Nov. 9 is the day we remember the Dedication of the Lateran Bascilica. To be specific, the Lateran Bascilica is the Basicilica of St. John Lateran, in Rome. Why would this dedication make it into the liturgical calendar, and why is it important?
First of all, we have to realize that church buildings, simply in and of themselves, are signs of hope. There's a story told of an atheist person who would drive by a large church each day. Even though she herself did not believe, she said, she was glad to see that building every day because it meant that there were people in this world who did believe. She didn't feel that she could pray, but she did have confidence in the prayers of others. That understanding is the most basic understanding of what "church" is - a community of believers who gather to have an encounter with the living God.
Sometimes just the act of gathering together is enough of a witness. There's another story we know of personally, where an 80 year old man spent years driving by a large suburban Catholic church. One day, he just pulled in. He said he did it because every time he drove by, there were cars in the parking lot - night and day. He decided that if that many people thought this church was worth showing up to, maybe there was something worthwhile going on here. He eventually came in to see for himself.
These are a couple of the reasons why we remember and celebrate the dedication of the Lateran Basicila. This church is actually the seat of the Bishop of Rome, who also happens to be the Pope. It features large sculptures of the 12 apostles, who are shown holding symbols of their martyrdom. This church is a reminder of the call of every baptized person to spread the Good News. Being designated a basilica means it holds a special place in the heirarchy of churches, so to speak. Bascilicas can be fitting destinations for a pilgrimage, and are usually of larger proportions and have more ability and tendency to adapt to the needs of pilgrims. So, for example, many bascilias have programs or festivals that encourage religious visits and retreats. A visit to a bascilica is an event, a celebration. It is a special thing to do within the spiritual life. Basilicas encourage and invite us to step out of ordinary life, and focus more fully on the transcendent, at least for a little while.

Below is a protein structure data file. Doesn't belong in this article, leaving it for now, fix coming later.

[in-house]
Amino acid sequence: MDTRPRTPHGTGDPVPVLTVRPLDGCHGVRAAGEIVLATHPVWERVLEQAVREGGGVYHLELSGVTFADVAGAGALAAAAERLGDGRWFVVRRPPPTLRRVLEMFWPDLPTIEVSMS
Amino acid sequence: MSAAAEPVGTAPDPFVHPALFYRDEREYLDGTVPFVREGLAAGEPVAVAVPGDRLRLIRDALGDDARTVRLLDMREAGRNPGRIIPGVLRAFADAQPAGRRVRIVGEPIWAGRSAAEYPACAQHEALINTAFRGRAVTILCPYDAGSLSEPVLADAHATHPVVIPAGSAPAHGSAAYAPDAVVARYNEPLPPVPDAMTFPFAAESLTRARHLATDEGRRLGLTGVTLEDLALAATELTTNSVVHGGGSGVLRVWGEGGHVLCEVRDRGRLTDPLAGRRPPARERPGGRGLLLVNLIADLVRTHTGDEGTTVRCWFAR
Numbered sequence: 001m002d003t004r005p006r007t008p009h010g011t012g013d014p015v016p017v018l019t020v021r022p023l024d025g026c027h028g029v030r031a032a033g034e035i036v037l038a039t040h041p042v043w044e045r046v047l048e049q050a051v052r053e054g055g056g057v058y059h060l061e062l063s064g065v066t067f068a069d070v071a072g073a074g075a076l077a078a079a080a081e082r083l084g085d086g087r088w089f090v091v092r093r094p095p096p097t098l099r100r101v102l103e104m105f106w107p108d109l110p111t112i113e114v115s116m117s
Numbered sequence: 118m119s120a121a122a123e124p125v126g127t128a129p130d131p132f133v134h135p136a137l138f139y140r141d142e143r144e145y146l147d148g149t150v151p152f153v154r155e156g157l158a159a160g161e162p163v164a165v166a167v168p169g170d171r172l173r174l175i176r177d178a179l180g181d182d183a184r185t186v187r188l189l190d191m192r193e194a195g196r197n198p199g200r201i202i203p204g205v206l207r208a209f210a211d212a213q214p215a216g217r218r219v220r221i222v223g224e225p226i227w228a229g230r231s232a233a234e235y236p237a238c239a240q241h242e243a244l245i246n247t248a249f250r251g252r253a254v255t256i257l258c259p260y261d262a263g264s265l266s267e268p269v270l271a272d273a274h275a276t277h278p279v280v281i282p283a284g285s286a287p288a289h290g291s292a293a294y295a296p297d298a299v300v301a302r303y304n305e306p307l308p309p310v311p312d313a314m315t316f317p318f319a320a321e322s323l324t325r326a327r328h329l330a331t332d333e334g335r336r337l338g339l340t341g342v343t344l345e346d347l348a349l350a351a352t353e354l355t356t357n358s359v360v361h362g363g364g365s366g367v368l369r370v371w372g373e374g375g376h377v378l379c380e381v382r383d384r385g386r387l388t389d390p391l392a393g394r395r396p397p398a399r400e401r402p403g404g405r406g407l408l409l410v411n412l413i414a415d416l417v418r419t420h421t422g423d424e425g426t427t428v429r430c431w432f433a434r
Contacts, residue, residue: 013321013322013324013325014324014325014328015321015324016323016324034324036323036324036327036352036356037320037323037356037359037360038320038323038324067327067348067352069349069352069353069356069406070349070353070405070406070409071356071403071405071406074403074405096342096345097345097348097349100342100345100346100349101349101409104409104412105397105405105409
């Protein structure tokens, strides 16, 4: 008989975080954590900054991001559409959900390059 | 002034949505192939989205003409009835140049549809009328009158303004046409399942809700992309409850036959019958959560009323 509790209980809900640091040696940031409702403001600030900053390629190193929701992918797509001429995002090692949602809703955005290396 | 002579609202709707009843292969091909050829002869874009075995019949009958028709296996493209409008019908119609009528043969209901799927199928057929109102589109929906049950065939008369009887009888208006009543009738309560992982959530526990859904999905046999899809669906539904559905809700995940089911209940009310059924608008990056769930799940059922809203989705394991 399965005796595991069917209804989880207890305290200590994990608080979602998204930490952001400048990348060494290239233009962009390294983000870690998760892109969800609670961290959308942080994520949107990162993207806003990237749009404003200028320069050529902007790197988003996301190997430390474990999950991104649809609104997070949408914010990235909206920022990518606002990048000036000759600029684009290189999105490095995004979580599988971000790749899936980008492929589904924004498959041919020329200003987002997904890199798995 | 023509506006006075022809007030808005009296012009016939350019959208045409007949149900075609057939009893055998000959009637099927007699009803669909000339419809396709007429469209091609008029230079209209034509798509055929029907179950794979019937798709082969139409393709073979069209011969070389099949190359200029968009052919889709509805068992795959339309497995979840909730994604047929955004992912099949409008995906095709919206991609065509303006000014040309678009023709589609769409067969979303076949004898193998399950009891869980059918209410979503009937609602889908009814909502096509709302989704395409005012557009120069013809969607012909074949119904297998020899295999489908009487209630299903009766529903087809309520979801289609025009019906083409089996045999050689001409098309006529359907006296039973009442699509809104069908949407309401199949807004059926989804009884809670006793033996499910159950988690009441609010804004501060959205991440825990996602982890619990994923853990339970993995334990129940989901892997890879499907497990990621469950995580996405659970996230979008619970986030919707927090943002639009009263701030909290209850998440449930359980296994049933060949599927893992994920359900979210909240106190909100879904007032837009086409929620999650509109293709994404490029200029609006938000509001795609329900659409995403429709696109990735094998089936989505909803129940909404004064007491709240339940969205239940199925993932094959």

It's interesting that we Catholics will even designate buildings as holy places, isn't it? This, too, is a sign of the ultimate temple, the new Jerusalem that will be made up of living stones. So for this gracious reminder, let us give thanks.
Lord, we thank you for the skills and abilities you gave us, so that we can imagine and build such wonderful places of prayer and encounter. Help us to carry this gratitude in our hearts. Amen.
“Do not be afraid. Do not be satisfied with mediocrity. Put out into the deep and let down your nets for a catch.
-Pope St. John Paul II